Economy recovering from COVID-19 scourge – DOF chief
Meeting with President Duterte at Malacañang last Monday, Dominguez remained optimistic that the opening up of the economy is setting the country back on track toward growth and development.
Miguel De Guzman, file

Economy recovering from COVID-19 scourge – DOF chief

Christina Mendez (The Philippine Star) - November 12, 2020 - 12:00am

MANILA, Philippines — The economy is on its way to recovery from the scourge of the pandemic and its contraction of 11.5 percent in the third quarter is a welcome improvement, according to Finance Secretary Carlos Dominguez III.

Meeting with President Duterte at Malacañang last Monday, Dominguez remained optimistic that the opening up of the economy is setting the country back on track toward growth and development.

Dominguez gave the positive outlook at the same meeting where the Inter-Agency Task Force for the Management of Emerging Infectious Diseases (IATF) provided updates on the COVID-19 situation in the country.

“Our experience with COVID-19 over the past several months tells us two things. First, the economy is strong enough to recover if we enable it to do so. Second, our best recourse is to help the economy – to help the economy is to manage the risks,” he said.

Dominguez discussed how the government’s strategy to manage the risks has improved the state of the economy, which contracted to about 11.5 percent during the third quarter. In the previous quarter, the country recorded a 16.5 percent contraction.

Noting the impact of the pandemic on the contraction of the economy, he said the third quarter of 2020 “saw the country dance with the virus: two steps forward and one step backward.”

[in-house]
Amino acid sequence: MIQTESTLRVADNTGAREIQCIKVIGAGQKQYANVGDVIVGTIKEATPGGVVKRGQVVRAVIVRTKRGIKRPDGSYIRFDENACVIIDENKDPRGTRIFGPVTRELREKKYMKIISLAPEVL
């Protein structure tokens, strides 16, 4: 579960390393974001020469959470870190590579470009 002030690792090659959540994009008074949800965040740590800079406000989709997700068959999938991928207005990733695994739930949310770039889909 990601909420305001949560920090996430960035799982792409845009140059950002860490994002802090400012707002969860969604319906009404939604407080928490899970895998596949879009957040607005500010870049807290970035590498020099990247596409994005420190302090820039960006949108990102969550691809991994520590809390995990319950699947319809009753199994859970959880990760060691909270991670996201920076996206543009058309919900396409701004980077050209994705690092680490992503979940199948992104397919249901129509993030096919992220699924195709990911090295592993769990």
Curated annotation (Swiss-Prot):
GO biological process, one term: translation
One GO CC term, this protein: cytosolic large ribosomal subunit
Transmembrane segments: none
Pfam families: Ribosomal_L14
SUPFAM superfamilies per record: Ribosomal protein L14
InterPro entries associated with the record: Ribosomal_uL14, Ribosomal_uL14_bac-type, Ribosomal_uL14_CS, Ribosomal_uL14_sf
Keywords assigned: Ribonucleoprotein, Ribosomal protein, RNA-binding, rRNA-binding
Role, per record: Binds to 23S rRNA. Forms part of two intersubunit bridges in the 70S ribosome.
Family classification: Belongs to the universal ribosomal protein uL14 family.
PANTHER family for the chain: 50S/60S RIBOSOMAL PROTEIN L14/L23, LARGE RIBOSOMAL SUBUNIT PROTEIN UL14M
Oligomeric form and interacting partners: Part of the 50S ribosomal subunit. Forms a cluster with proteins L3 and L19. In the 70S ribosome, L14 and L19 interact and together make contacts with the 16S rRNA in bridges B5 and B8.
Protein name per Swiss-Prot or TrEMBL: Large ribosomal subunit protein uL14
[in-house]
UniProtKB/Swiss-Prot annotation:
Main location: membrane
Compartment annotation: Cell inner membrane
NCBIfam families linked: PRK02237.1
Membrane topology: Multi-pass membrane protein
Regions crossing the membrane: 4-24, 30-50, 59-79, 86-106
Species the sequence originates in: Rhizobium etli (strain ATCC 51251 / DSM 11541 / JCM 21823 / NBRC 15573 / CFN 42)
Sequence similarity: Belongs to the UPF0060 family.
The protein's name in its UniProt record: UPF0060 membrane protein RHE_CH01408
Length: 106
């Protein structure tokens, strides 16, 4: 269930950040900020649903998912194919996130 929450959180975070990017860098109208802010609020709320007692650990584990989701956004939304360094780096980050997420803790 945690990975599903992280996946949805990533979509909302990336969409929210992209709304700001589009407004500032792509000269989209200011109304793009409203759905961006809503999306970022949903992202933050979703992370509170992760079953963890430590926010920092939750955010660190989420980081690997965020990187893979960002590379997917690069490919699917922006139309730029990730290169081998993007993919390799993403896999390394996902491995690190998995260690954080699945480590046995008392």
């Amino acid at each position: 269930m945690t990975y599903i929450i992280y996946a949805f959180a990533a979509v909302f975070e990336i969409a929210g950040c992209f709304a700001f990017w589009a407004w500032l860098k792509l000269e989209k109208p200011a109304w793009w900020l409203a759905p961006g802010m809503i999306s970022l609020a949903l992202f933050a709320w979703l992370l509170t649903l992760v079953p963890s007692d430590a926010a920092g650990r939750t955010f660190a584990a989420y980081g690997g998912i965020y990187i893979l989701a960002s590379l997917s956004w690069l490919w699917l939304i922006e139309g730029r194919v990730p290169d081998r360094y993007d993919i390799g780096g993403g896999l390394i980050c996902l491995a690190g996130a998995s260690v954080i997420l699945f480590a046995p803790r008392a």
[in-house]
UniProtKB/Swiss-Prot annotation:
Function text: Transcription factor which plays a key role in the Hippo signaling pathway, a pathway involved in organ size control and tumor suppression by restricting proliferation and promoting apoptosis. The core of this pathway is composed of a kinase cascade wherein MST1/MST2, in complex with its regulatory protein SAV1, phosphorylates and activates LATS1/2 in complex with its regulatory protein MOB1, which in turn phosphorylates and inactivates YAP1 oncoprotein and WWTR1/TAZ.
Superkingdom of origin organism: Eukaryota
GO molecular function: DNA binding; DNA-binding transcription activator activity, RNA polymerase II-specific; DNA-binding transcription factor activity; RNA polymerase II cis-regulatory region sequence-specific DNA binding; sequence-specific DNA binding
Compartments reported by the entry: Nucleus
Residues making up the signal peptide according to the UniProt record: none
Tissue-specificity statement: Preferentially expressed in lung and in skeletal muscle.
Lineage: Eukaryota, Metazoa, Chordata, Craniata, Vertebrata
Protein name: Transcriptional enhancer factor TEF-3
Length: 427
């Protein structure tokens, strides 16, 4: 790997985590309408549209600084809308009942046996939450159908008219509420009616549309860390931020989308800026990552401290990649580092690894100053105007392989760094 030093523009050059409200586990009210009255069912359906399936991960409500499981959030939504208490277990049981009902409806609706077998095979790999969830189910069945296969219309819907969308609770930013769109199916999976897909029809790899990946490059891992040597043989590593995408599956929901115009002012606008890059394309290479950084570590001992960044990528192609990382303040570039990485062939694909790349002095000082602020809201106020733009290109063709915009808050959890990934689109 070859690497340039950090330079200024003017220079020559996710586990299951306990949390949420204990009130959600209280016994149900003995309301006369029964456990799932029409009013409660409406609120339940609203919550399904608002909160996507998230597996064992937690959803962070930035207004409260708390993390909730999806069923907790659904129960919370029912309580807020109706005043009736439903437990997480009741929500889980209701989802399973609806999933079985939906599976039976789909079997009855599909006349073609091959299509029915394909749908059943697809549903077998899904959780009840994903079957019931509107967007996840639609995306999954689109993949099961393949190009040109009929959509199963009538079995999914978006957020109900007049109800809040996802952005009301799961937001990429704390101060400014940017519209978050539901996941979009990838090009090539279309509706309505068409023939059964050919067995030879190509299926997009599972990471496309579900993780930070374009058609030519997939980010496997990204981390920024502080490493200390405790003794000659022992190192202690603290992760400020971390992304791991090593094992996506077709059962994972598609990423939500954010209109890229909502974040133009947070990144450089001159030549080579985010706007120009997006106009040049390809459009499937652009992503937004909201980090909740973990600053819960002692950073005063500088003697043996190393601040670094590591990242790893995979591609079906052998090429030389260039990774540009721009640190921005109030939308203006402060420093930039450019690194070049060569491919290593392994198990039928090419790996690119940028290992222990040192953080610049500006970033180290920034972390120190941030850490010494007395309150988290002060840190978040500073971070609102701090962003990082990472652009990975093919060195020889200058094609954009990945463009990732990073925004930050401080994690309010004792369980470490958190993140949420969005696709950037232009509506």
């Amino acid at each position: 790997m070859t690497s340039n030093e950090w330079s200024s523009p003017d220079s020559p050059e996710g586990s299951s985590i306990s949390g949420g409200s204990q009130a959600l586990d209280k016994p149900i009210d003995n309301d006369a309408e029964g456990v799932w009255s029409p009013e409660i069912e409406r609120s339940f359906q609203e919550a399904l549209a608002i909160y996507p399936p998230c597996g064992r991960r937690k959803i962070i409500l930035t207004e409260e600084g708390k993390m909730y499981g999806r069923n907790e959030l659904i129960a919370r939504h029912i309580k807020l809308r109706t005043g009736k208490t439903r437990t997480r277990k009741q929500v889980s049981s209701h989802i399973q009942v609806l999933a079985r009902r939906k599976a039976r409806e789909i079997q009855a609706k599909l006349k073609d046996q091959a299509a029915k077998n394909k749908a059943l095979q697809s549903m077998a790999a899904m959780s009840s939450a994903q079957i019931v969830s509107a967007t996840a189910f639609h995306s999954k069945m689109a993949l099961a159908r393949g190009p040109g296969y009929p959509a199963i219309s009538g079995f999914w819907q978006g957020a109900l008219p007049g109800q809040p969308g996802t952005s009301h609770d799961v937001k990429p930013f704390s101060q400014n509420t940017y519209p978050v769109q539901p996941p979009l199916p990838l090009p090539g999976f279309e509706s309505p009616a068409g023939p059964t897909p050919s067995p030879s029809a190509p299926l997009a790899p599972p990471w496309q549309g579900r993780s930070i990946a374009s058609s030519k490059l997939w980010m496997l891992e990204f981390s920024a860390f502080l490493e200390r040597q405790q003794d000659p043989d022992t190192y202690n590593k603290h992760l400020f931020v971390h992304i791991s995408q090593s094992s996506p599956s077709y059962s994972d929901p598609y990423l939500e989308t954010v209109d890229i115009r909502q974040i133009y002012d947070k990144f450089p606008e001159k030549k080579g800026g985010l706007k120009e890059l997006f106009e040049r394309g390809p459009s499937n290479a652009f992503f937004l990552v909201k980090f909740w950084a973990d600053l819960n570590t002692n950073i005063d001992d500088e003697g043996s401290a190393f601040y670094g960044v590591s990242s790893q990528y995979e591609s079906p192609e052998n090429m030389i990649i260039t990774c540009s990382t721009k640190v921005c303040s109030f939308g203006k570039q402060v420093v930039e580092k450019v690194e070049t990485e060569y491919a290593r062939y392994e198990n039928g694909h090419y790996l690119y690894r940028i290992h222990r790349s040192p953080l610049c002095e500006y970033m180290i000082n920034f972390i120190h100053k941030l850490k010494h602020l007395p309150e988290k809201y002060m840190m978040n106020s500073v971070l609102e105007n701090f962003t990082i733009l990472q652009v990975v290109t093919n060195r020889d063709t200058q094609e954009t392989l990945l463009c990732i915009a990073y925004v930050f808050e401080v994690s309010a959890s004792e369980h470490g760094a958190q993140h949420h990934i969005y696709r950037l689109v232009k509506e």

“Managing the risks instead of avoiding them will allow us to safely open more of the economy and help Filipinos recover their sources of income,” Dominguez said.

“This will also put the Philippines back on its solid growth and development trajectory,” he added.

COVID-19 response

In August, Dominguez noted how the National Capital Region and neighboring provinces reverted to modified enhanced community quarantine (MECQ) status for two weeks to respond to the increase in COVID-19 cases and to help prepare the hospitals’ critical care units.

Earlier in June and July, Cebu City also reverted to enhanced community quarantine (ECQ) and then MECQ to improve its health system. Several other local government units also went back to the more stringent quarantines to save lives, the finance chief said.

“These actions gave us time to expand our capacity to deal with this contagion. From zero capacity in February, daily testing reached 111,600 on Nov. 4 with 160 labs providing RT-PCR testing, while daily testing reached a peak of 46,597 on Sept. 11,” Dominguez said.

He noted how the quarantine period allowed the government and concerned sectors “to wisely boost our capacity to treat those requiring hospitalization.”

As of Nov. 4, there are 21,909 hospital beds dedicated to COVID-19 cases throughout the country and only about 39 percent of these are occupied. This means that the country is more than capable of caring for COVID-19 patients, he said.

Pinoy resilience

Apart from government efforts, Dominguez underscored the resilience of Filipinos as a nation, which helped greatly in the ability of the country to rise above the challenges brought about by the pandemic.

“However, these concerted efforts did not come without a cost,” he said. “We are aware of and are thankful for the many sacrifices the Filipino people have to make. From mothers who juggle their work while helping their children study remotely to healthcare workers in testing centers and in hospitals who risk their lives to detect the virus and care for the very sick. Some of them are family members and close friends.”

Dominguez again echoed the need for the people’s cooperation to continue following the health protocols to ensure the country’s complete recovery.

“A major part of our success in controlling virus transmission is the cooperation of people in making minimum health standards as part of their daily lives. All these small contributions go a long way in our recovery process,” he said.

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